BITCOIN for Beginners: A guide to the different types of bitcoin wallet
What is a Bitcoin wallet and what are the different types and options?
Many of us are joining cryptocurrency trading. However, many are puzzled by the fact that buying Bitcoin is not as easy as it seems. Before you can buy Bitcoin, you need to install apps. One of the applications you need to buy Bitcoin is a digital wallet. This article is a beginner's guide to Bitcoin, focusing on the Bitcoin wallet and its different types.
First of all, you should learn what a cryptocurrency wallet is. It's not really like a real wallet that holds money and other personal items. A Bitcoin wallet doesn't actually contain Bitcoin. All of the 21 million coins issued by Bitcoin from the beginning are stored on the blockchain and nowhere else. What the wallet does is connect to a specific address in the Bitcoin blockchain, indicating ownership of the coins. The blockchain is a public database containing a record of all bitcoin transactions. A Bitcoin wallet is primarily a tool that interacts with the blockchain to facilitate sending, receiving and managing Bitcoin.
Different types of cryptocurrency wallets
For those of you who don't want to install apps or programs, you can simply use web wallets. Some cryptocurrency exchange sites offer web wallets. You can send, receive and manage Bitcoin through a browser and Internet connection. The risk here is that some websites store private keys and addresses on a centralized server and are vulnerable to hacking.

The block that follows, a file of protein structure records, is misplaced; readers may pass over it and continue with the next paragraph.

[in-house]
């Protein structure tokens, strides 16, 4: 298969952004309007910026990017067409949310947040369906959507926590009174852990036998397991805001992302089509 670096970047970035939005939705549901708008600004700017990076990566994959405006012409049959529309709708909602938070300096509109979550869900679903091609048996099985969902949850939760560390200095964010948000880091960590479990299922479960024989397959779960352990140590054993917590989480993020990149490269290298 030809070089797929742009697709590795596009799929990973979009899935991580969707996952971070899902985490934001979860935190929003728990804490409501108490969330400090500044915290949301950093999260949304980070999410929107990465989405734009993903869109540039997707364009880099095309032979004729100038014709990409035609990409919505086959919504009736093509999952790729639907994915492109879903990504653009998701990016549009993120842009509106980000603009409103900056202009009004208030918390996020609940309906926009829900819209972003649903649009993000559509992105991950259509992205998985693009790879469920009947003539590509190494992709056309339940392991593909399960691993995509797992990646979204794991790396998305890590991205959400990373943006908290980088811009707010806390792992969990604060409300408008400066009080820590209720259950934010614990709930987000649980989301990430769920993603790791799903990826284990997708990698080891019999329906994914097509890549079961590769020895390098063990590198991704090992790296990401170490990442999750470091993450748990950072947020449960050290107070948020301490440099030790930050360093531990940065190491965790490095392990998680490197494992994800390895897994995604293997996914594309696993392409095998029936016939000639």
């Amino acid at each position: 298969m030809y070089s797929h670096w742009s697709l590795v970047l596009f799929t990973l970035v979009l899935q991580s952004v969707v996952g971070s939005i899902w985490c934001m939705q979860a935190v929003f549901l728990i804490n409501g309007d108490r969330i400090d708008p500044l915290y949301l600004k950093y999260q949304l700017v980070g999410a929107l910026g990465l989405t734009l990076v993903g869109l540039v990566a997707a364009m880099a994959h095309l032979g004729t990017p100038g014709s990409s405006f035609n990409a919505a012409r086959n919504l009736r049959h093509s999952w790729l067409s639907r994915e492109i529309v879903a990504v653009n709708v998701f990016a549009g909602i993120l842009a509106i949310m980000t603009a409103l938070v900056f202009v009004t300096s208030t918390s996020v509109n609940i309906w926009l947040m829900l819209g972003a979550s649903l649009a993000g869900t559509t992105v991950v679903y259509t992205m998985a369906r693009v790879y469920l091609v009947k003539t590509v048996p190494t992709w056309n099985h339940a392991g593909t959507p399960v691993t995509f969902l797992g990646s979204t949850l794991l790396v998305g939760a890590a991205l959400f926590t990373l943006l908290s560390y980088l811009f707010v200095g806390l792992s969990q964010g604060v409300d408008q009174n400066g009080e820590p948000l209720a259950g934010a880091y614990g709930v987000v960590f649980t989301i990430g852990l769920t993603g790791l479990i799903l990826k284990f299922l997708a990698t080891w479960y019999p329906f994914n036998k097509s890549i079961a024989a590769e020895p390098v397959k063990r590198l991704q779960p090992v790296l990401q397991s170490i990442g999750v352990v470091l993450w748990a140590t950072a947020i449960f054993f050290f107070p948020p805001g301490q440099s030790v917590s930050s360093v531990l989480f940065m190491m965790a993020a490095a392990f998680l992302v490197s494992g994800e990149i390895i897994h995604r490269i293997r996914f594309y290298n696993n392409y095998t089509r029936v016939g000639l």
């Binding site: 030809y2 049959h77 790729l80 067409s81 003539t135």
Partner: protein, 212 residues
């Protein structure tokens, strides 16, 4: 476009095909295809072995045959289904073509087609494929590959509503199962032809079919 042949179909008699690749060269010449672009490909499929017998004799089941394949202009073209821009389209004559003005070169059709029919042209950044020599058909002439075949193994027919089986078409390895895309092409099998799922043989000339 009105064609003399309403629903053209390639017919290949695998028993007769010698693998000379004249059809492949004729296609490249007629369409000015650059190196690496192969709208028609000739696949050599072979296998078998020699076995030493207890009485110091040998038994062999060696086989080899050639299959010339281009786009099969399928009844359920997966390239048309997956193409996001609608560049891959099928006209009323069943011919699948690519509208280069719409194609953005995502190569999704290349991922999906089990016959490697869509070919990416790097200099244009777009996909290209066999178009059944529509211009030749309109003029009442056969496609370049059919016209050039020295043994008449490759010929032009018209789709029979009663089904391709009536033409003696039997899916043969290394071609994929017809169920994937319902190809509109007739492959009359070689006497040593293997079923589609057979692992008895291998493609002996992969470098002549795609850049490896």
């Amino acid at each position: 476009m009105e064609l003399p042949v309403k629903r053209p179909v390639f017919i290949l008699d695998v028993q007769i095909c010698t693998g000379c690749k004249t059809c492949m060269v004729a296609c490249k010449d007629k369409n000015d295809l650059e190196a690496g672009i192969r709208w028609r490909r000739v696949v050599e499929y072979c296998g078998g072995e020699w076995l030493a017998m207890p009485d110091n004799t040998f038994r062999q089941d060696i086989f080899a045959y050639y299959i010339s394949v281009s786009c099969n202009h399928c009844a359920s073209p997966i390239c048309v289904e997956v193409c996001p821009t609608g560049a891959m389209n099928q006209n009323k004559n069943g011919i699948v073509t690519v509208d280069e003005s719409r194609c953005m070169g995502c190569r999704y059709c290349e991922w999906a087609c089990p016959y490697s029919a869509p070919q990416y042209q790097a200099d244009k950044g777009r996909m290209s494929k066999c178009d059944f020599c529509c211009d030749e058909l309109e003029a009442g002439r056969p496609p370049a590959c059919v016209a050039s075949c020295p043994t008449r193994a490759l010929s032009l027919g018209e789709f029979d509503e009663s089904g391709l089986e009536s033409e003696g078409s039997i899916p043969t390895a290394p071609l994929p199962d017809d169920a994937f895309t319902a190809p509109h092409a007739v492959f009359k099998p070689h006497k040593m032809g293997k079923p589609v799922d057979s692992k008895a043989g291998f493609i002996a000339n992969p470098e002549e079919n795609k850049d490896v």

A desktop wallet is more secure than a web wallet. The software is downloaded and installed on your desktop or laptop computer and allows full management and control of private keys, addresses and funds. You just have to be very careful because viruses and malware infecting your computer can make it vulnerable to hacking. A huge problem can occur if the hard drive is damaged and no longer available. In this case, saved keys and addresses will be lost, which also means loss of Bitcoin ownership. The solution is quite simple: just back up your data.
Mobile wallets are usually preferred by most. It's convenient, and you can manage Bitcoin anywhere by installing an app on your cell phones or tablets. Almost all digital devices are prone to Internet hacking, and they all experience technical bugs as the gadget gets older and used more and more. Just remember to always keep a backup of your data and beware of malware and viruses.
There are also standalone hardware wallets, which are external digital devices that use a random number generator to generate public and private keys. These keys are stored in the device. This acts as a vault and provides more security. Access is limited because the device must be connected to a computer to access the keys. This is recommended for those with large amounts of Bitcoin.
A paper wallet is probably the safest way to store Bitcoin. The program generates private and public keys, and they are printed on a piece of paper with a QR code. The paper just needs to be secure, and backups can exist through photocopies. Because once the paper is lost and no copies are made, you also lose your Bitcoin.
Based on the information provided above, you can simply choose the right one for you. This beginner's guide to Bitcoin wallet is just the tip of the iceberg. There is more to learn when trading cryptocurrency. It is highly recommended that you do your research and learn so that you can make informed decisions.